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Publication numberUS3126744 A
Publication typeGrant
Publication dateMar 31, 1964
Filing dateNov 28, 1960
Publication numberUS 3126744 A, US 3126744A, US-A-3126744, US3126744 A, US3126744A
InventorsHenry M. Hermanns
Export CitationBiBTeX, EndNote, RefMan
External Links: USPTO, USPTO Assignment, Espacenet
hermanns
US 3126744 A
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Description  (OCR text may contain errors)

March 31, 1964 H. M. HERMANNS MEASURING APPARATUS Filed Nov. 28, 1960 2 Sheets-Sheet 1 FIG.4

INVENTOR. HENRY M. HERMANNS 8Y2 fl ATTORNEY.

March 31, 1964 H. M. HERMANNS MEASURING APPARATUS 2 Sheets-Sheet 2 Filed Nov. 28, 1960 FIG. 5

FIG. 7

FIG. 6'

mmvrm HENRY M.HERMANNS BYi fl ATTORNEY.

United States Patent 3,126,744 MEASURING APPARATUS Henry M. Hermanns, Ardsley, Pa., assignor to Minneapolis-Honeywell Regulator Company, Minneapolis, Minn, a corporation of Delaware Filed Nov. 28, 1960, Ser. No. 72,147 4 Claims. (Cl. 73407) This invention relates to means for applying a force to a movable member. This force varies non-linearly, that is to say, the increments of the change in the force are not equal to the increments of the change in position of the movable member. This force acts on the movable member in opposition to other forces which also vary non-linearly. These two forces can be adjusted so that the resulting movement of the member is linear.

More specifically, this invention comprises two springs whose gradient or stiffness may be adjusted so that the overall stiffness or gradient varies non-linearly.

This spring device of this invention is shown as applied as the range spring of a flow meter but the spring device is capable of many other uses. The spring assembly acts non-linearly to balance out the non-linearity of the meter. This results in a final linear output.

One object of this invention is to provide a spring device whose gradient or stiffness can be adjusted.

A more specific object of this invention is to provide a range spring for a flow meter which range spring can be adjusted so that the output of the flow meter varies linearly.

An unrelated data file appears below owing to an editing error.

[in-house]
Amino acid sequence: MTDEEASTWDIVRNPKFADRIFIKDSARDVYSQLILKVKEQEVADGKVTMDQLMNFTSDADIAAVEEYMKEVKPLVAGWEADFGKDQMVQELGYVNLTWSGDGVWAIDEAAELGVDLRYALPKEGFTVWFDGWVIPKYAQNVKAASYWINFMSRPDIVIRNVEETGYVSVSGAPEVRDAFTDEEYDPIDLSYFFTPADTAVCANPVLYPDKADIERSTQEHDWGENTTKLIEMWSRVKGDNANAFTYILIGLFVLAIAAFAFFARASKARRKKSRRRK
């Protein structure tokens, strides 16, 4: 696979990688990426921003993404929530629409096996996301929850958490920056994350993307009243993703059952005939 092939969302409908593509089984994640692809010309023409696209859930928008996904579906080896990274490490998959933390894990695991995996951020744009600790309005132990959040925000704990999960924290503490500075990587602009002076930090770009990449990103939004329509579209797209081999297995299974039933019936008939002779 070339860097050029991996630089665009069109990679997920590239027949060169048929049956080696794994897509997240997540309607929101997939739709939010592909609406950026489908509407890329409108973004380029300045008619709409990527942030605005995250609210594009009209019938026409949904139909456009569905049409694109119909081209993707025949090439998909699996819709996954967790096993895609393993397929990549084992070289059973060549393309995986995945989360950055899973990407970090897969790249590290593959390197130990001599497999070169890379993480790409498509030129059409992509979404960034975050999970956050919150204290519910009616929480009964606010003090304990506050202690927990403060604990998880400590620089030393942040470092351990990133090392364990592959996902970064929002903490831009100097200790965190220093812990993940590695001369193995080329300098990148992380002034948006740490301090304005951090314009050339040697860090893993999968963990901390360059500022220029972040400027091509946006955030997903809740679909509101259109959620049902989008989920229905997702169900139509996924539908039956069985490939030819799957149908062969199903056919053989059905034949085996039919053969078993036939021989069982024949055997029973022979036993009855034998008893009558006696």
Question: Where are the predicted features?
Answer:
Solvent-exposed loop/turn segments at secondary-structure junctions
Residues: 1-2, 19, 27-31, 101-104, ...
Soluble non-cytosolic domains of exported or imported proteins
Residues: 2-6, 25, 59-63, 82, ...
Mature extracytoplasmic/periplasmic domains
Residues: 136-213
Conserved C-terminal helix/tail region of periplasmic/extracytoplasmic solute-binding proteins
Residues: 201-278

An additional object of this invention is to provide a meter in which there is a universal joint which permits limited misalignment and lost motion between a valve member, which moves in a straight line, and the active element which actuates the valve member.

A better understanding of the present invention may be had from the following detailed description when read in connection in the accompanying drawings, in which:

FIG. 1 is a longitudinal cross section through a flow meter.

FIG. 2 is an end view of the end of the spring device.

FIG. 3 is a longitudinal, vertical cross-section through one end of the spring device on line 3-3 of FIG. 2 as viewed in the direction of the arrows showing the device in another position.

FIG. 4 is a top or plan view of a detail.

FIG. 5 is an exploded, perspective view of a modification.

FIG. 6 is a transverse, vertical, cross section of a modification.

FIG. 7 is a cross-section line 7-7 of FIG. 6 viewed in the direction of the arrows.

FIG. 1 shows a flow meter adapted to be connected to the opposite sides of an orifice plate in a conduit through which passes the fluid whose flow is to be measured. Such an orifice plate produces a pressure in the fluid on the oncoming or up-stream side of the orifice plate which is higher than the pressure on the off-going or downstream side of the orifice plate. These two pressures, hereinafter referred to as high pressure and low pressure, are conducted to rigid case containing an active or movable member which moves, in response to any difference between these two pressures, in such a way as to measure the flow through the conduit.